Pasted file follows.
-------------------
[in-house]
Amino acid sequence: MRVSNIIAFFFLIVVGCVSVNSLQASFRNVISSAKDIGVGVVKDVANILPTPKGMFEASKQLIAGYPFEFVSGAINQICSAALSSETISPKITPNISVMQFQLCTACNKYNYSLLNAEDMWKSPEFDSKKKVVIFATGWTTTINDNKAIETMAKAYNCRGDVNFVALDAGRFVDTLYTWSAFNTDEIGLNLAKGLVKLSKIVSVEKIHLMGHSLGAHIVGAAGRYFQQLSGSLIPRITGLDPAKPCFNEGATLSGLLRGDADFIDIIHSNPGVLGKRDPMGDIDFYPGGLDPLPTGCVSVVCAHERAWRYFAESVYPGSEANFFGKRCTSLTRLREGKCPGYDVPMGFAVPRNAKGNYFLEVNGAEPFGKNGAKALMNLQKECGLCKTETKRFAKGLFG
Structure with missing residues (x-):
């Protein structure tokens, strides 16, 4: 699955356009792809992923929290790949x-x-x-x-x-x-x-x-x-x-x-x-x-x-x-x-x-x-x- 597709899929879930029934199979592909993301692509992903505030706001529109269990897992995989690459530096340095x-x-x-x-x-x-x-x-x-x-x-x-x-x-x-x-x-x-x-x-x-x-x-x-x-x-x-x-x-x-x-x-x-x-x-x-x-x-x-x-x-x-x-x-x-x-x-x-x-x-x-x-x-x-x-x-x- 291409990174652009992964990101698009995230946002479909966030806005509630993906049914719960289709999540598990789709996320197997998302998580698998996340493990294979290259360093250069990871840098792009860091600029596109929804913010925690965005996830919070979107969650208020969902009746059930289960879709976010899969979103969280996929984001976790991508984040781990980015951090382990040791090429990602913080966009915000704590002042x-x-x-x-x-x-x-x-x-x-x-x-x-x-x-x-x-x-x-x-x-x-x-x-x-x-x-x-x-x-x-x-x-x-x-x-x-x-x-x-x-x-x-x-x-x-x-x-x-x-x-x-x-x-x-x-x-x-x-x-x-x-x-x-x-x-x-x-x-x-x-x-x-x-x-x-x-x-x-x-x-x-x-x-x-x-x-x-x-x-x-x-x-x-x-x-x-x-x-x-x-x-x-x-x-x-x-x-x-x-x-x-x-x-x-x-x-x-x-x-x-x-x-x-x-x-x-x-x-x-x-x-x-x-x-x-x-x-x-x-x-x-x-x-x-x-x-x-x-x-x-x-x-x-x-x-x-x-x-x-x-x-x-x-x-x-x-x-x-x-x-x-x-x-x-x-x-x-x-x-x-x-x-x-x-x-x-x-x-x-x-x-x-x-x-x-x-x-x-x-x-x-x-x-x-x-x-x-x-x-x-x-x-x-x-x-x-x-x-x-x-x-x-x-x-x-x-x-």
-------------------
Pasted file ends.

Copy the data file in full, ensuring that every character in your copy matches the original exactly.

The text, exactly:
[in-house]
Amino acid sequence: MRVSNIIAFFFLIVVGCVSVNSLQASFRNVISSAKDIGVGVVKDVANILPTPKGMFEASKQLIAGYPFEFVSGAINQICSAALSSETISPKITPNISVMQFQLCTACNKYNYSLLNAEDMWKSPEFDSKKKVVIFATGWTTTINDNKAIETMAKAYNCRGDVNFVALDAGRFVDTLYTWSAFNTDEIGLNLAKGLVKLSKIVSVEKIHLMGHSLGAHIVGAAGRYFQQLSGSLIPRITGLDPAKPCFNEGATLSGLLRGDADFIDIIHSNPGVLGKRDPMGDIDFYPGGLDPLPTGCVSVVCAHERAWRYFAESVYPGSEANFFGKRCTSLTRLREGKCPGYDVPMGFAVPRNAKGNYFLEVNGAEPFGKNGAKALMNLQKECGLCKTETKRFAKGLFG
Structure with missing residues (x-):
């Protein structure tokens, strides 16, 4: 699955356009792809992923929290790949x-x-x-x-x-x-x-x-x-x-x-x-x-x-x-x-x-x-x- 597709899929879930029934199979592909993301692509992903505030706001529109269990897992995989690459530096340095x-x-x-x-x-x-x-x-x-x-x-x-x-x-x-x-x-x-x-x-x-x-x-x-x-x-x-x-x-x-x-x-x-x-x-x-x-x-x-x-x-x-x-x-x-x-x-x-x-x-x-x-x-x-x-x-x- 291409990174652009992964990101698009995230946002479909966030806005509630993906049914719960289709999540598990789709996320197997998302998580698998996340493990294979290259360093250069990871840098792009860091600029596109929804913010925690965005996830919070979107969650208020969902009746059930289960879709976010899969979103969280996929984001976790991508984040781990980015951090382990040791090429990602913080966009915000704590002042x-x-x-x-x-x-x-x-x-x-x-x-x-x-x-x-x-x-x-x-x-x-x-x-x-x-x-x-x-x-x-x-x-x-x-x-x-x-x-x-x-x-x-x-x-x-x-x-x-x-x-x-x-x-x-x-x-x-x-x-x-x-x-x-x-x-x-x-x-x-x-x-x-x-x-x-x-x-x-x-x-x-x-x-x-x-x-x-x-x-x-x-x-x-x-x-x-x-x-x-x-x-x-x-x-x-x-x-x-x-x-x-x-x-x-x-x-x-x-x-x-x-x-x-x-x-x-x-x-x-x-x-x-x-x-x-x-x-x-x-x-x-x-x-x-x-x-x-x-x-x-x-x-x-x-x-x-x-x-x-x-x-x-x-x-x-x-x-x-x-x-x-x-x-x-x-x-x-x-x-x-x-x-x-x-x-x-x-x-x-x-x-x-x-x-x-x-x-x-x-x-x-x-x-x-x-x-x-x-x-x-x-x-x-x-x-x-x-x-x-x-x-x-x-x-x-x-x-």